Chicago Landmarks

Chicago Historic Resources Survey FAQs

Are each of the 17,371 properties in the database potential landmarks?
Roughly 4,500 of the properties listed in the CHRS already are Chicago Landmarks, having been designated by the City Council either before, during, or after the survey was conducted. As for the remaining 12,800 properties, some of them could be eligible for landmark designation, either as individual landmarks or as part of a district of significant buildings. However, such a determination can only be made after a more detailed analysis, which would be part of a formal process involving the Commission on Chicago Landmarks and the Chicago City Council. While many of the properties in the CHRS database would probably not qualify as official city landmarks, inclusion in the CHRS does mean that these properties have merit as a piece of Chicago's architectural history-either individually or in association with other nearby properties.

How accurate is the information in the survey?
Because the survey field work was conducted as long ago as 1983, some of the buildings listed in the CHRS have since been demolished or significantly altered. It is also possible, due to the large number of listings in this report, that data entry mistakes may have occurred. Similarly, because historic permit records occasionally list incorrect addresses, and addresses and property identification numbers may have since changed, those mistakes also may appear in the survey Some of the survey data information is also incomplete. This could be for a variety of reasons. Sometimes building permit information such as construction date or architect does not exist for a particular property, either because the property was built prior to the area's annexation into Chicago or because the original permits have been lost or destroyed. In other cases, surveyors were not able to identify a specific building type or style because of the property's mix of uses or styles. Or, in the case of buildings that were identified only by the Illinois Historic Structures Survey (ISS), additional building permit research simply was not done. Nonetheless, the research information contained in the CHRS database represents the most complete details available.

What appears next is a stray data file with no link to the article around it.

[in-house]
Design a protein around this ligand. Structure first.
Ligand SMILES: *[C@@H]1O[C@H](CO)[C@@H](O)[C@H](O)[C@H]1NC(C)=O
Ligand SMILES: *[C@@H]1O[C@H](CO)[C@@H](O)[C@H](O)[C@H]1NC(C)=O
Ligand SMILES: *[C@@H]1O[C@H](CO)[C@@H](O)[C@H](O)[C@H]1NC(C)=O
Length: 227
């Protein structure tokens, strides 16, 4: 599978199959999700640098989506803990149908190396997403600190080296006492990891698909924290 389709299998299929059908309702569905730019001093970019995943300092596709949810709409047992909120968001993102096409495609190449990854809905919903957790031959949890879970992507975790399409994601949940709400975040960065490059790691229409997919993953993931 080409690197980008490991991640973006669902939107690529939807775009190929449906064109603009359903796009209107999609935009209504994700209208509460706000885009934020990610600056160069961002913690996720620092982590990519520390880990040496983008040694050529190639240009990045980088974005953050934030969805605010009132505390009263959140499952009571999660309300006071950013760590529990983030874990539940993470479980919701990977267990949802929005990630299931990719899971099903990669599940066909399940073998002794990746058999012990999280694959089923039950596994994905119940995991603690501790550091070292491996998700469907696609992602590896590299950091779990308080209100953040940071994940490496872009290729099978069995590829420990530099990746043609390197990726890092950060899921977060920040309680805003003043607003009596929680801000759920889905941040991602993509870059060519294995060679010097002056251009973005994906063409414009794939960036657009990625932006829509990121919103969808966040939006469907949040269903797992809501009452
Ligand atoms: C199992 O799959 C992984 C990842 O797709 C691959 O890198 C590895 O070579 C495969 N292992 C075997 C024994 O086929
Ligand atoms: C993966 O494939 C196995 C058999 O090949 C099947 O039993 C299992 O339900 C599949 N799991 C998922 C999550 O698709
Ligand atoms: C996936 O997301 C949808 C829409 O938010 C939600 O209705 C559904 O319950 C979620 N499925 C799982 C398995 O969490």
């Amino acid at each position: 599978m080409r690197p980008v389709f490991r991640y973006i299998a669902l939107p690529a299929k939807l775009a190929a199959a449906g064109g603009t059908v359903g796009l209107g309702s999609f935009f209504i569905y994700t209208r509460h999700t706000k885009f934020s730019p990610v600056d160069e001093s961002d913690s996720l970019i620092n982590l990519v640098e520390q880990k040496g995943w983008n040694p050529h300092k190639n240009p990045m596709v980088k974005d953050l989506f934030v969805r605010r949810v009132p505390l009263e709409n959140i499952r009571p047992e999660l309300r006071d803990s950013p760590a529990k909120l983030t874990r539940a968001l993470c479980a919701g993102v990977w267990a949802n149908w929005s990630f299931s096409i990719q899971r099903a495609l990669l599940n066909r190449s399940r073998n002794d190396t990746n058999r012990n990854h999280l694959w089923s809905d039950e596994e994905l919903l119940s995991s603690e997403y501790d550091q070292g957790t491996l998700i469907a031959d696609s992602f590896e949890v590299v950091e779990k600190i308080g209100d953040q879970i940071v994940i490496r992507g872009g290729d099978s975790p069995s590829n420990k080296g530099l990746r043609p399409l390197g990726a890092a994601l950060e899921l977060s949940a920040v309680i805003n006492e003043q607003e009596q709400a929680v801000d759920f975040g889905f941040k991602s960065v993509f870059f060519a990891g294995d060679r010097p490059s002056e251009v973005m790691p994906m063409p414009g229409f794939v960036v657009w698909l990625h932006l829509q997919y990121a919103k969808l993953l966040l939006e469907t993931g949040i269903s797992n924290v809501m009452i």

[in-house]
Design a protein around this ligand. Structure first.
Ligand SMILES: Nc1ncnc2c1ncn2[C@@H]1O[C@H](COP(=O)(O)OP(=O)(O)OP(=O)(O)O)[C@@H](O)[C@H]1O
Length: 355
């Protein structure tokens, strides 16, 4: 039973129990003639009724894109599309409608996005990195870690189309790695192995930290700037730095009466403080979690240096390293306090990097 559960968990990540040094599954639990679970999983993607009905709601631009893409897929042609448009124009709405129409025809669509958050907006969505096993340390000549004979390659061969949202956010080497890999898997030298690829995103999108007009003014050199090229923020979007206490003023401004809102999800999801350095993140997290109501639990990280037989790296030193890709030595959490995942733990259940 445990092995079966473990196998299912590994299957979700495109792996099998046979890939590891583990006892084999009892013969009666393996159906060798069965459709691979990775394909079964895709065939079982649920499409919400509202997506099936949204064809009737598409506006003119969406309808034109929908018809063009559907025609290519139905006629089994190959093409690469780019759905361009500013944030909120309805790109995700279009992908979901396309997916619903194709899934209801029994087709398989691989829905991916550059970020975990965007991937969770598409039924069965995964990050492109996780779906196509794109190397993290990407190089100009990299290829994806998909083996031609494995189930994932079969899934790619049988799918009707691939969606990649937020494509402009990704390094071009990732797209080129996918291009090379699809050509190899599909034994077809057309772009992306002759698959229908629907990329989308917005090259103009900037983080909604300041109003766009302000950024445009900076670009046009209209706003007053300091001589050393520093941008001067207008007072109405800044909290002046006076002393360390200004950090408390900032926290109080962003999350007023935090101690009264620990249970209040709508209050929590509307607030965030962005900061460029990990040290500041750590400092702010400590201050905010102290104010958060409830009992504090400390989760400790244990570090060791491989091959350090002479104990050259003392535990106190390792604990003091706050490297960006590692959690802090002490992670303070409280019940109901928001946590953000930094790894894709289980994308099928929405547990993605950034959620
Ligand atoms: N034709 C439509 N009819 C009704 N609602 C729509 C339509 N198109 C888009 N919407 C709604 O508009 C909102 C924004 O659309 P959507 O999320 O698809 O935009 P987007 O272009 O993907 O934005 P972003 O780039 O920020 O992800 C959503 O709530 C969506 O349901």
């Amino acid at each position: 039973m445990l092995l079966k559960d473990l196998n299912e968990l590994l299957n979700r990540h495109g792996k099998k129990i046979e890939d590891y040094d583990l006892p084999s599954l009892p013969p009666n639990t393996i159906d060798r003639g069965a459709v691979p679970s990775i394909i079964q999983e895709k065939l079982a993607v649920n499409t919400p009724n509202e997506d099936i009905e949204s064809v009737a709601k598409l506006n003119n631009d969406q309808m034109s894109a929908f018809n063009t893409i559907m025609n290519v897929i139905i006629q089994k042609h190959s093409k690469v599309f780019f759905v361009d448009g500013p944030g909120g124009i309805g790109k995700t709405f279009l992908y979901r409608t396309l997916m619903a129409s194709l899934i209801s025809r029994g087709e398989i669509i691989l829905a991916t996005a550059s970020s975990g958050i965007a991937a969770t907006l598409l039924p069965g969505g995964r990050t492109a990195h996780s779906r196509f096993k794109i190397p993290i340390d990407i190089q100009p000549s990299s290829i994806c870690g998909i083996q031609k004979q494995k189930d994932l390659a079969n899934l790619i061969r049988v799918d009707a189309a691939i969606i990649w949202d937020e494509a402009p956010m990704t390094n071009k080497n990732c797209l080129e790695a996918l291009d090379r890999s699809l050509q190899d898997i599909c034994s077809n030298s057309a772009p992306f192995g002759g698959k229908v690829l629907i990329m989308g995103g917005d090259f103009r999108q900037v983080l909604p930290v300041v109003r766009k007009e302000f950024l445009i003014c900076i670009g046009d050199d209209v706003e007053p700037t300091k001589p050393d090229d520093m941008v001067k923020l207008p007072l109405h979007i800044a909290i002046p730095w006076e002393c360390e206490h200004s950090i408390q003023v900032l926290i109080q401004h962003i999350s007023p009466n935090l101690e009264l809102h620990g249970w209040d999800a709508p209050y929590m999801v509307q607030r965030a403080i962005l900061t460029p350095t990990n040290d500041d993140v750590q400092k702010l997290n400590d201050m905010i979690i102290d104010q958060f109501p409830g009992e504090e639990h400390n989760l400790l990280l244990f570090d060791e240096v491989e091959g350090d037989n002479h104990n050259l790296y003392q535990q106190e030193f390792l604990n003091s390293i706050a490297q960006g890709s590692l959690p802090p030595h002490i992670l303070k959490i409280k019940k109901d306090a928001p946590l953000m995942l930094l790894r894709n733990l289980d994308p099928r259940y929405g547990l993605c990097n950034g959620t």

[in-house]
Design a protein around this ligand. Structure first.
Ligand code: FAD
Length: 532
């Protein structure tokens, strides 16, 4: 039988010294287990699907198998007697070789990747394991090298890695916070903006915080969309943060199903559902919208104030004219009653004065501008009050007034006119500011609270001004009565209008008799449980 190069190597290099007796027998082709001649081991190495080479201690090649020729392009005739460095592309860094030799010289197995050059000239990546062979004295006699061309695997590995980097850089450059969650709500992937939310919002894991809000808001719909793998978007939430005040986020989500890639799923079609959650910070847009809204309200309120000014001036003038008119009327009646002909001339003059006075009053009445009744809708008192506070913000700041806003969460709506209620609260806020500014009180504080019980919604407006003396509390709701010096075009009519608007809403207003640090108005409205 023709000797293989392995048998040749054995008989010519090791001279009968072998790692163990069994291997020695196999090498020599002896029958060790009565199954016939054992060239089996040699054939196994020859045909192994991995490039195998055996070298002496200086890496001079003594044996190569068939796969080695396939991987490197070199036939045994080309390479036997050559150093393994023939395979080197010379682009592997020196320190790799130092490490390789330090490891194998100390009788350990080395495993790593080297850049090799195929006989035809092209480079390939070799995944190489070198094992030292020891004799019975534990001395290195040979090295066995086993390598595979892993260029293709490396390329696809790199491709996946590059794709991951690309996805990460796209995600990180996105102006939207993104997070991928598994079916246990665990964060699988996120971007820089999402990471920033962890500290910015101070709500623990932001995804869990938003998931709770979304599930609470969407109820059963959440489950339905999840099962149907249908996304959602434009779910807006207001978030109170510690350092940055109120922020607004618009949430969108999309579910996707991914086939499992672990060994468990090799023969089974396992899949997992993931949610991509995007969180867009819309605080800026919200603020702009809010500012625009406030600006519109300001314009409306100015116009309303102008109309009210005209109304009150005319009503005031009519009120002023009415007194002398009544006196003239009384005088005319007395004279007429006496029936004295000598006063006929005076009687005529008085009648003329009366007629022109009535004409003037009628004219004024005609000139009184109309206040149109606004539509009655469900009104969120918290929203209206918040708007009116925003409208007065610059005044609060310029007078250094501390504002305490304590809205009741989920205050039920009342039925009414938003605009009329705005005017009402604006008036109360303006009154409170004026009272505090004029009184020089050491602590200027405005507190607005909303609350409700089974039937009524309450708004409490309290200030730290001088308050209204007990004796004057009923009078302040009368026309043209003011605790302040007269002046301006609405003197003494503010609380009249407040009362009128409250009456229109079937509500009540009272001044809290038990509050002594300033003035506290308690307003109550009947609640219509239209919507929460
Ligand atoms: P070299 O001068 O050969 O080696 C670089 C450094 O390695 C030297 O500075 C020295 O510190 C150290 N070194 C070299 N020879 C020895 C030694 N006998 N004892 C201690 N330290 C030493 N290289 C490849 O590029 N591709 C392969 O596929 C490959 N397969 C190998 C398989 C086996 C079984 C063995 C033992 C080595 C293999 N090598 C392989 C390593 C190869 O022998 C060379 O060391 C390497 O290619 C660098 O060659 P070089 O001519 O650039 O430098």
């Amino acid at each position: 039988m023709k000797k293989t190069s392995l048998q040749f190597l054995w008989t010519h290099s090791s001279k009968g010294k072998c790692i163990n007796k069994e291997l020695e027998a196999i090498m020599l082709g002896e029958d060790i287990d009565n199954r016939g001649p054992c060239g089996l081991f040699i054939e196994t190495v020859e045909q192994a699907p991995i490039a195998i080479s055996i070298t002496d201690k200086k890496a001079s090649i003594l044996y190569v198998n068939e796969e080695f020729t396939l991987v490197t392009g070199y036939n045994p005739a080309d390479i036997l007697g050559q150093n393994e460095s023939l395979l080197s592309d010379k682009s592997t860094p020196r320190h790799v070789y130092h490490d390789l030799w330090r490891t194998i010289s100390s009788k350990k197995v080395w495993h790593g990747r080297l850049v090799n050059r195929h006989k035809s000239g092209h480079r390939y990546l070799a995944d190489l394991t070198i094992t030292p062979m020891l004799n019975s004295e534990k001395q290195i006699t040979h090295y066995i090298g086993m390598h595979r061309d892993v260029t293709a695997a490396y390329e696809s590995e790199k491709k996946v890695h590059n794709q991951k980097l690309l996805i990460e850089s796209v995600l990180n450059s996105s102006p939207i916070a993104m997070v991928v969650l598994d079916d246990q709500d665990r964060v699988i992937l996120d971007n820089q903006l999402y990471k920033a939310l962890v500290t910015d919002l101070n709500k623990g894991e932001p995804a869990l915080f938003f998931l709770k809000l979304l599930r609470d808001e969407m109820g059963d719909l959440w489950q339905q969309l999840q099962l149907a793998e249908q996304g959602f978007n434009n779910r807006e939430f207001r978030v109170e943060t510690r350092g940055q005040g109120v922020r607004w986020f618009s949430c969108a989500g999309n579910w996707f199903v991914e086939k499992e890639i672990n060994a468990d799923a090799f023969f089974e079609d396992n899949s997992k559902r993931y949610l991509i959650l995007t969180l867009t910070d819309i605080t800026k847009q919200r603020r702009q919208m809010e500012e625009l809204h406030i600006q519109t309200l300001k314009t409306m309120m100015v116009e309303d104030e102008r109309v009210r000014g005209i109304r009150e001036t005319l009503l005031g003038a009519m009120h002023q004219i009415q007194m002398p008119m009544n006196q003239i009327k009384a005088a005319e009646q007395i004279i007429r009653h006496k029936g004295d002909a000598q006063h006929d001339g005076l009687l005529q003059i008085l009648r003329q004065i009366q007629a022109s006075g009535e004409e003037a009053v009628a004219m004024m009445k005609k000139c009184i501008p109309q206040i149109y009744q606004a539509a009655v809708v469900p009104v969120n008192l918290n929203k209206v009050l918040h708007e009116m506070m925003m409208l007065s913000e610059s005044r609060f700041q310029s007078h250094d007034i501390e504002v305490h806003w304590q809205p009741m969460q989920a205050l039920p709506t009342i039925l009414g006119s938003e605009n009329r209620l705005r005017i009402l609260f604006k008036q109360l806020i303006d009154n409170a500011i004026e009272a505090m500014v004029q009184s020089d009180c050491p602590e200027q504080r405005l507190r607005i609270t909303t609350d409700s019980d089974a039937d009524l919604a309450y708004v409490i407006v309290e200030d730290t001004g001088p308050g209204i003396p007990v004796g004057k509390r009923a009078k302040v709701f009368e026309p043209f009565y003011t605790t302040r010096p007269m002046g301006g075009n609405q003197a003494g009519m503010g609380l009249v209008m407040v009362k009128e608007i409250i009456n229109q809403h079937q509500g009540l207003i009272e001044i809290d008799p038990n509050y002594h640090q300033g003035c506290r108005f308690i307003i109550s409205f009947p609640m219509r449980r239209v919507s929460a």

Why was the survey done?
One of the duties of the Commission on Chicago Landmarks is to recommend to the Chicago City Council which buildings or districts should be protected by law as Chicago landmarks. The citywide survey helps makes this determination process a more rational and well?informed one. However, there was an additional broader goal for the survey-to provide a comprehensive source of information for the numerous community groups, public agencies, businesses, and individuals that deal with the city's buildings on an ongoing basis.

How can I find out more about a specific building listed in the survey?
There are a variety of resources at area libraries, historical societies, and government offices that provide useful information. A short booklet, entitled "Your House Has a History," provides guidance on how to research a building, whether it's a house or another type of structure, and is available for a $1 mailing charge from the Chicago Department of Planning and Development, Landmarks Division, 33 N. LaSalle St., Suite 1600, Chicago, IL 60602. For more information, call (312) 744-3200.

Historic Resources Survey
Historic Resources Survey FAQs